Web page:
Predators are, of course, animals that feed on other animals. These predators rely on the flesh of other animals as a resource for their survival and are highly skilled at finding and catching it. Predators sit at the top of a delicate food web, all components of which fit together to keep the environment balanced over time.

Different types of predators have four main hunting strategies for finding their prey. According to an article from Idaho Public Television, they are:

  • Chase: Think of an eagle diving for a mouse. This is chase behavior in predators. This method requires a delicate balance of hunting down food that provides enough energy and nutrition to offset the energy cost of running that food source down.

  • Stalk: For this method, think of an egret or crane standing motionless or walking slowly in water, and then lunging as a tasty morsel goes by. This method is a huge time sink for the animal as it moves from cover to cover getting incrementally closer to it’s prey. It also takes far less energy, however, as only a small burst of speed is required at the end. This means that these predators can often live off of smaller prey. 

  • Ambush: Lion researcher, George Schaller, watched a group of gazelles in the Serengeti. In order to access water, there was a patch of thick brush they would need to cross. As the gazelles entered the brush, Schaller watched as the lions hiding in wait, instantly ambushed and ate one of the gazelles. Due to their long manes and tan color, lions are nearly undetectable in such cover. The ambush requires a great deal of time, as it relies on other animals to wander into the area. For predators that have the patience, the success rates are quite high.

  • Teamwork: Think of wolves working as a pack to take down a deer. This is one of the most exciting ways of how predators hunt. Teamwork allows the animals to pursue large and fast prey, scoring large amounts of food for the group. This is arguably one of the most successful tactics as seasoned hunters can quickly steer their prey in the direction of the other party. Additionally, the energy required for the chase and kill can be dispersed across the collective group. 

Lions on the hunt

One of the coolest and most popular things to see on a safari is a lion in its own natural habitat. This mighty “King of the Jungle” hunts both independently and as part of groups. Lions hunt some of the fastest animals in the world, like the wildebeest, which can run at speeds of 50 mph. Lions themselves are not incredibly fast, so they’ve had to get smart through a variety of hunting strategies.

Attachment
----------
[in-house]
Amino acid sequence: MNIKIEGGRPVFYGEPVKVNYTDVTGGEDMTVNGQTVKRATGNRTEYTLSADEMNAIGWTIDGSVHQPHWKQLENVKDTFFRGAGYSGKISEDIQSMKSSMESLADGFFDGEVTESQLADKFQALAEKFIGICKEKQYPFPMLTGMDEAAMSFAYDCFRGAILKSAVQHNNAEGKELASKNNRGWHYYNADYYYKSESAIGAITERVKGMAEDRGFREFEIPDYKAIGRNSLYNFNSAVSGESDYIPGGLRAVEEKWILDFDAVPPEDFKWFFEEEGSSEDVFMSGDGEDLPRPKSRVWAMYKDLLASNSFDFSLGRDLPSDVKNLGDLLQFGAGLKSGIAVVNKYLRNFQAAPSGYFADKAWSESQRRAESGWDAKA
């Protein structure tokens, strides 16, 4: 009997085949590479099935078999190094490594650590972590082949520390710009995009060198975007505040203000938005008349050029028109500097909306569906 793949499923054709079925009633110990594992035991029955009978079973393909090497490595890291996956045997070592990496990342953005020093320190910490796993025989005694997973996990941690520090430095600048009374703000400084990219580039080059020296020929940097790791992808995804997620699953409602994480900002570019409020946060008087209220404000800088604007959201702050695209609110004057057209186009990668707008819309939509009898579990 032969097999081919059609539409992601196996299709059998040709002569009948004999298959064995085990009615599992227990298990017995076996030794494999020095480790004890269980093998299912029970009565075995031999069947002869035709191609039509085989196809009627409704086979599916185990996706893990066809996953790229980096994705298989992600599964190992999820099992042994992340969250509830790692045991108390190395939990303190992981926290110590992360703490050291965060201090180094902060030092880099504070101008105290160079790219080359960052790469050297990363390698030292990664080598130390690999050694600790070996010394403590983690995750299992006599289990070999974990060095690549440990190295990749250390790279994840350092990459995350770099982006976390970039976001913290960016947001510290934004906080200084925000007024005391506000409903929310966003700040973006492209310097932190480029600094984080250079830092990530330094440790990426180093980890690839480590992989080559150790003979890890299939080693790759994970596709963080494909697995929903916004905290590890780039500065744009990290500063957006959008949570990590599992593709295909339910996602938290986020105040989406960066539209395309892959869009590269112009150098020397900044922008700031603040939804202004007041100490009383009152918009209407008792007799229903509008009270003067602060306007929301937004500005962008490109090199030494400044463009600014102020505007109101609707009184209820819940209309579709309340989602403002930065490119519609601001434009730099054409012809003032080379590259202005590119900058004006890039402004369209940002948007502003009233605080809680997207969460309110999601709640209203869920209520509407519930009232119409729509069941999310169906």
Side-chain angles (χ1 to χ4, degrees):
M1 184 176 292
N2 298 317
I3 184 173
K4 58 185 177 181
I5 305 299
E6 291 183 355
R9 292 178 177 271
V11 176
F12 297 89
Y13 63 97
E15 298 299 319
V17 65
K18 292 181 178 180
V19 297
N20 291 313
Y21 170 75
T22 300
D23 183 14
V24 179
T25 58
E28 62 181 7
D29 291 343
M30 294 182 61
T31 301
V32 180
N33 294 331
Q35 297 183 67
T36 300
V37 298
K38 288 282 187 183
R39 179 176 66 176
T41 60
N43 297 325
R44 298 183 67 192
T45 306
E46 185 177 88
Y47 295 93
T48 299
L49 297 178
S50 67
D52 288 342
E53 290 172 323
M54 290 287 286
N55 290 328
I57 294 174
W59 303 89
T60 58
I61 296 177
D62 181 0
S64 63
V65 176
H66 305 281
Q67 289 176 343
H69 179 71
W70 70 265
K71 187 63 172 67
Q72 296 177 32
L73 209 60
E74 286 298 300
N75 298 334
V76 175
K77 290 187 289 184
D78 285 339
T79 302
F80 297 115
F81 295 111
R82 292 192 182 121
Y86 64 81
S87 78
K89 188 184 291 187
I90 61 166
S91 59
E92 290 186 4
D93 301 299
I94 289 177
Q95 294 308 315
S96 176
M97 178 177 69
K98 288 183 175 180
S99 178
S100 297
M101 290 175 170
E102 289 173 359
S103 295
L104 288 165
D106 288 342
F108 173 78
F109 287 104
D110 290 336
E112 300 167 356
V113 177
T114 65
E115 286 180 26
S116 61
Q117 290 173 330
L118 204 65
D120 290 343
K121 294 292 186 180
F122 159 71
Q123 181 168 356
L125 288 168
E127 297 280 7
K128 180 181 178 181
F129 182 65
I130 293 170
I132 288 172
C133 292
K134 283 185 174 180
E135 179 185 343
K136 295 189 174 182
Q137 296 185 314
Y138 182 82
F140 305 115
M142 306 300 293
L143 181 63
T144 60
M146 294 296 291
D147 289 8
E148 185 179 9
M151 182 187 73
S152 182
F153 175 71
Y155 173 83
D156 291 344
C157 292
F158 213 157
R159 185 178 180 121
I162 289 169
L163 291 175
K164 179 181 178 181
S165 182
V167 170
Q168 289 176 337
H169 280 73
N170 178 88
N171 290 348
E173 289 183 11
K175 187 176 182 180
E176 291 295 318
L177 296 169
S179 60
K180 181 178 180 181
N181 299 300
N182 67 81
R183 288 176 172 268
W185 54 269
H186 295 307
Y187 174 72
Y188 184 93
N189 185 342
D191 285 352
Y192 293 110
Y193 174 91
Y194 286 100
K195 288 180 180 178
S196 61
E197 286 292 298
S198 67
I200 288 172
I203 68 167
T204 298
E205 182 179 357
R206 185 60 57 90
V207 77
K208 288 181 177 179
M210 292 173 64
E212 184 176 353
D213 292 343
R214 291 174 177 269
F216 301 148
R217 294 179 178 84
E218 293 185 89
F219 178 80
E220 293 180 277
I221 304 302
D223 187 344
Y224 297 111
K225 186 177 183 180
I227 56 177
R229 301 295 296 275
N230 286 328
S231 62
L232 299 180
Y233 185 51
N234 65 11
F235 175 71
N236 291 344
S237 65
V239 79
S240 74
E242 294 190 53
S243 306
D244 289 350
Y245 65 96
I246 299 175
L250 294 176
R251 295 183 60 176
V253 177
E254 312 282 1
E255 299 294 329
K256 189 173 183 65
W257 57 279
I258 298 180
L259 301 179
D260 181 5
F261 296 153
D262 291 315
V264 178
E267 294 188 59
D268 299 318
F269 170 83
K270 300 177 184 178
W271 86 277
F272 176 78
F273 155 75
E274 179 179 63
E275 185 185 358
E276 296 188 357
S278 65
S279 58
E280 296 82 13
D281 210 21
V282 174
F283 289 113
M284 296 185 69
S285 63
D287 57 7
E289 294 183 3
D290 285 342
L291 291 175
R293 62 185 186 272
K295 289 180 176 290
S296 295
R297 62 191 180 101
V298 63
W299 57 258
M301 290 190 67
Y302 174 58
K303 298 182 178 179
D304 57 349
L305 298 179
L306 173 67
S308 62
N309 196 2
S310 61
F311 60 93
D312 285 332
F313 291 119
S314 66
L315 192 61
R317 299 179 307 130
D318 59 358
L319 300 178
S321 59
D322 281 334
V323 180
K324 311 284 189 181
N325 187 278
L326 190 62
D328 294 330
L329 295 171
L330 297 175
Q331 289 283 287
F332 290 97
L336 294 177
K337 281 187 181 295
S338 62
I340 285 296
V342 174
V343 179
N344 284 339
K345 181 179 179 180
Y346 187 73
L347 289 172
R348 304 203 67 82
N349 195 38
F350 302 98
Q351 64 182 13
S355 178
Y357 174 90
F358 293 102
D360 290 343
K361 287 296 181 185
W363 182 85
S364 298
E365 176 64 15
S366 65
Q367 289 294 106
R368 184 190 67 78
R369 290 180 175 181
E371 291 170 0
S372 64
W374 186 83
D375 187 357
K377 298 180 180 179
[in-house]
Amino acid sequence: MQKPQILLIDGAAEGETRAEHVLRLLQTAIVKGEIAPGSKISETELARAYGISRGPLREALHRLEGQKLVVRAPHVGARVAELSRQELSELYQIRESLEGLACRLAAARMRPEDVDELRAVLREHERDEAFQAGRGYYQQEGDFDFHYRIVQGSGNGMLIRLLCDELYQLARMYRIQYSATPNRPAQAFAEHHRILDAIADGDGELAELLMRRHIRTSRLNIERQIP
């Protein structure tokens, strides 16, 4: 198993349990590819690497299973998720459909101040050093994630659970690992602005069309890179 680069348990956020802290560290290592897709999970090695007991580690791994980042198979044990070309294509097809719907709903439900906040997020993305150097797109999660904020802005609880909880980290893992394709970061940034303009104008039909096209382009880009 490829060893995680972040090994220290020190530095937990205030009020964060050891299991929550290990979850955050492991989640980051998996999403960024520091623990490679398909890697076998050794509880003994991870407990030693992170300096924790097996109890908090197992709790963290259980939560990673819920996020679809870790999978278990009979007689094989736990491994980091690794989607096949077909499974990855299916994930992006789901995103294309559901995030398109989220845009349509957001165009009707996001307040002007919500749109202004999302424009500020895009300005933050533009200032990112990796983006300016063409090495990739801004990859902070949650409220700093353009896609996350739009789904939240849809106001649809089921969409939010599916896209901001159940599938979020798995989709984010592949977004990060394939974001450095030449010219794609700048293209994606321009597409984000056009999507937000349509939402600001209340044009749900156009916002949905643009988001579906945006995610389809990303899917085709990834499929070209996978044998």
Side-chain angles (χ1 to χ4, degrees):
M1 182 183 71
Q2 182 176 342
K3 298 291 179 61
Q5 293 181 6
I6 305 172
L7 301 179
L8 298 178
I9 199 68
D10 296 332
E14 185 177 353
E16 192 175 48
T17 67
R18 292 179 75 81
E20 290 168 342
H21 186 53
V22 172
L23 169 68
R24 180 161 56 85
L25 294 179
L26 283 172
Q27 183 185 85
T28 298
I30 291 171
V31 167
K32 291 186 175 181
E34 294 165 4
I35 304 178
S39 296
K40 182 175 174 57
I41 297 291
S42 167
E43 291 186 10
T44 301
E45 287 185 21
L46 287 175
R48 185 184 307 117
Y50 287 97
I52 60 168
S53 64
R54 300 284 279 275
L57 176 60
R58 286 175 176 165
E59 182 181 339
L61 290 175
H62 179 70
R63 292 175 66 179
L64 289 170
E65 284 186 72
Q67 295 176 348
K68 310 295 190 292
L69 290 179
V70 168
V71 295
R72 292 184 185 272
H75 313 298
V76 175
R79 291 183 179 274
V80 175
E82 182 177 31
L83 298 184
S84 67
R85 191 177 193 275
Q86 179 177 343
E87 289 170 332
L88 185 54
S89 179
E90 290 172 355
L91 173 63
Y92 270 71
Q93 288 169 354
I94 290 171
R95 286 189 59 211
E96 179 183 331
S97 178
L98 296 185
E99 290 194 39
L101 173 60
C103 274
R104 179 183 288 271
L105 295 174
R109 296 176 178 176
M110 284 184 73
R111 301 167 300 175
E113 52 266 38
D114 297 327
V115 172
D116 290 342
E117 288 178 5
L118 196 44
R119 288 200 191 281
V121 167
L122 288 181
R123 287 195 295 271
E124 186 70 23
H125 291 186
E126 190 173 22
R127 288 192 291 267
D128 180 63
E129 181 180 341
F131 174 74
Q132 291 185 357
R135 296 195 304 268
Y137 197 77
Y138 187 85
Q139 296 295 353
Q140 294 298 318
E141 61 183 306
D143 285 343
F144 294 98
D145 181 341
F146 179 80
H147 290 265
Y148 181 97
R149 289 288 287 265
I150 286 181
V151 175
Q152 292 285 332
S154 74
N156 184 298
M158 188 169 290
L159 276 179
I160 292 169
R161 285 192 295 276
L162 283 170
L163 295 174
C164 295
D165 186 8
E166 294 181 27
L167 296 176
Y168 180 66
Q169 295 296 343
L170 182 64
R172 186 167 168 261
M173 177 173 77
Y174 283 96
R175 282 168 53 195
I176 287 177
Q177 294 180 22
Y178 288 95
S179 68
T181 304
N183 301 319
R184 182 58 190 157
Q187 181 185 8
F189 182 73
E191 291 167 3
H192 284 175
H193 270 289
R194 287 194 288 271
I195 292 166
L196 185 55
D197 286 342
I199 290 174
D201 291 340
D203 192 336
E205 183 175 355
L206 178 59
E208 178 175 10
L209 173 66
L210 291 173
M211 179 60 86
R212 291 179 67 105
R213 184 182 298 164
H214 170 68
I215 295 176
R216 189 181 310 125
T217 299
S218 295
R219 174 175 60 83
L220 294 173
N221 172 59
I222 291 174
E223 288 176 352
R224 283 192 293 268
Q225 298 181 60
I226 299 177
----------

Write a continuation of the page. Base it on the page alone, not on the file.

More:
Because lions are also relatively lazy animals, they tend to eat larger animals – which sustain them for longer periods. These animals include antelopes, zebras and wildebeest.

A lioness. Photo by Jon Clark.

The female lionesses hunt the most often for both themselves and for the males. A lioness will stalk from cover to cover to get close to the prey animal, and then pounce at the last minute. Their prey usually has slower reaction times, so this is a solid method. If the prey sees them, the lion will act innocent by sitting up and staring off into the distance, as if to say, “I wasn’t doing anything.”

Another method lions use is to find a bush near where the prey goes often, like a watering hole, and wait until they can strike. Lions have been known to actually nap while awaiting their deadly ambush.

To catch large or fast prey, lions leverage their group numbers to help each other cut off the escape of fleeing prey. When lions decide to hunt in pairs and groups their success rate goes up from about 18 percent to 30 percent while hunting alone and in daylight, according to the African Lion & Environmental Research Trust.

When hunting in groups, lions stalk in a pattern to encircle the prey. Then some attack, driving the prey to other waiting lions. As the prey animal tires from the constant running, one or two lionesses will try to jump on the back of the animal or hang by their claws from a zebra's or gnu's or buffalo's back. This certainly makes it very hard for the poor animal to run away from the next lion, who goes for the throat to complete the hunt. It’s one of the smartest and most effective ways for how predators hunt.